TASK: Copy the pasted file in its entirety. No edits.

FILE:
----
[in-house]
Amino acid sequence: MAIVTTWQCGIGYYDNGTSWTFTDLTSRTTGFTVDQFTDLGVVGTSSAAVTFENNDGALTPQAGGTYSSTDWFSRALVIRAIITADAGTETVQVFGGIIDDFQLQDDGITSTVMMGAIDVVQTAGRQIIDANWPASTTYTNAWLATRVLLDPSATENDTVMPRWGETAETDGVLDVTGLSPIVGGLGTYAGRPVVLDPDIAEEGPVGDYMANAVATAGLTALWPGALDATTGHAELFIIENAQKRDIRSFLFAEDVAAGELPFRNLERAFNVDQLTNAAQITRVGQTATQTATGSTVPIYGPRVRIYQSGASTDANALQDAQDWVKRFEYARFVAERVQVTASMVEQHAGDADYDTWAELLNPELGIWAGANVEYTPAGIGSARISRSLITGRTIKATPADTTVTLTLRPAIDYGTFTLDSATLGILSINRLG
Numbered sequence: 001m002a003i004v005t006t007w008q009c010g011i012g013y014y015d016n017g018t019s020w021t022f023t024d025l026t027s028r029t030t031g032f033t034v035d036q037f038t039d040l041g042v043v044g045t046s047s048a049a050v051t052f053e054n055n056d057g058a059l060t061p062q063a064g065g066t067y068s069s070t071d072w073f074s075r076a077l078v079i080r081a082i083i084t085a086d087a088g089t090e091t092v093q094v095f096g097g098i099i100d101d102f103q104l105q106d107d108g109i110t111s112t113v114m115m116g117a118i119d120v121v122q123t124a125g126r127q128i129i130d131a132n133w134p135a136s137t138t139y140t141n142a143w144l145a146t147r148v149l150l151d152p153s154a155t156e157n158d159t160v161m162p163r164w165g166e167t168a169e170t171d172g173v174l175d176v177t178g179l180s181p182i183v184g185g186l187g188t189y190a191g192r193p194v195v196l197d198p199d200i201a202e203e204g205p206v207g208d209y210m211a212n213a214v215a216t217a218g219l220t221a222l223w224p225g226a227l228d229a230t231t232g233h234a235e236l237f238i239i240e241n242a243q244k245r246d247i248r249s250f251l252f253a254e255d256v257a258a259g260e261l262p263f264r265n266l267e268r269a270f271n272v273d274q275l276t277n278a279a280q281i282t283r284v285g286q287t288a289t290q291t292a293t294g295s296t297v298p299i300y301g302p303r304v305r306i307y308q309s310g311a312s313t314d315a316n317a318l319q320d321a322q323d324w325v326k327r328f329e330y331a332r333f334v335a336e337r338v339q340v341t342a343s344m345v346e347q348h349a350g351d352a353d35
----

[in-house]
Amino acid sequence: MAIVTTWQCGIGYYDNGTSWTFTDLTSRTTGFTVDQFTDLGVVGTSSAAVTFENNDGALTPQAGGTYSSTDWFSRALVIRAIITADAGTETVQVFGGIIDDFQLQDDGITSTVMMGAIDVVQTAGRQIIDANWPASTTYTNAWLATRVLLDPSATENDTVMPRWGETAETDGVLDVTGLSPIVGGLGTYAGRPVVLDPDIAEEGPVGDYMANAVATAGLTALWPGALDATTGHAELFIIENAQKRDIRSFLFAEDVAAGELPFRNLERAFNVDQLTNAAQITRVGQTATQTATGSTVPIYGPRVRIYQSGASTDANALQDAQDWVKRFEYARFVAERVQVTASMVEQHAGDADYDTWAELLNPELGIWAGANVEYTPAGIGSARISRSLITGRTIKATPADTTVTLTLRPAIDYGTFTLDSATLGILSINRLG
Numbered sequence: 001m002a003i004v005t006t007w008q009c010g011i012g013y014y015d016n017g018t019s020w021t022f023t024d025l026t027s028r029t030t031g032f033t034v035d036q037f038t039d040l041g042v043v044g045t046s047s048a049a050v051t052f053e054n055n056d057g058a059l060t061p062q063a064g065g066t067y068s069s070t071d072w073f074s075r076a077l078v079i080r081a082i083i084t085a086d087a088g089t090e091t092v093q094v095f096g097g098i099i100d101d102f103q104l105q106d107d108g109i110t111s112t113v114m115m116g117a118i119d120v121v122q123t124a125g126r127q128i129i130d131a132n133w134p135a136s137t138t139y140t141n142a143w144l145a146t147r148v149l150l151d152p153s154a155t156e157n158d159t160v161m162p163r164w165g166e167t168a169e170t171d172g173v174l175d176v177t178g179l180s181p182i183v184g185g186l187g188t189y190a191g192r193p194v195v196l197d198p199d200i201a202e203e204g205p206v207g208d209y210m211a212n213a214v215a216t217a218g219l220t221a222l223w224p225g226a227l228d229a230t231t232g233h234a235e236l237f238i239i240e241n242a243q244k245r246d247i248r249s250f251l252f253a254e255d256v257a258a259g260e261l262p263f264r265n266l267e268r269a270f271n272v273d274q275l276t277n278a279a280q281i282t283r284v285g286q287t288a289t290q291t292a293t294g295s296t297v298p299i300y301g302p303r304v305r306i307y308q309s310g311a312s313t314d315a316n317a318l319q320d321a322q323d324w325v326k327r328f329e330y331a332r333f334v335a336e337r338v339q340v341t342a343s344m345v346e347q348h349a350g351d352a353d35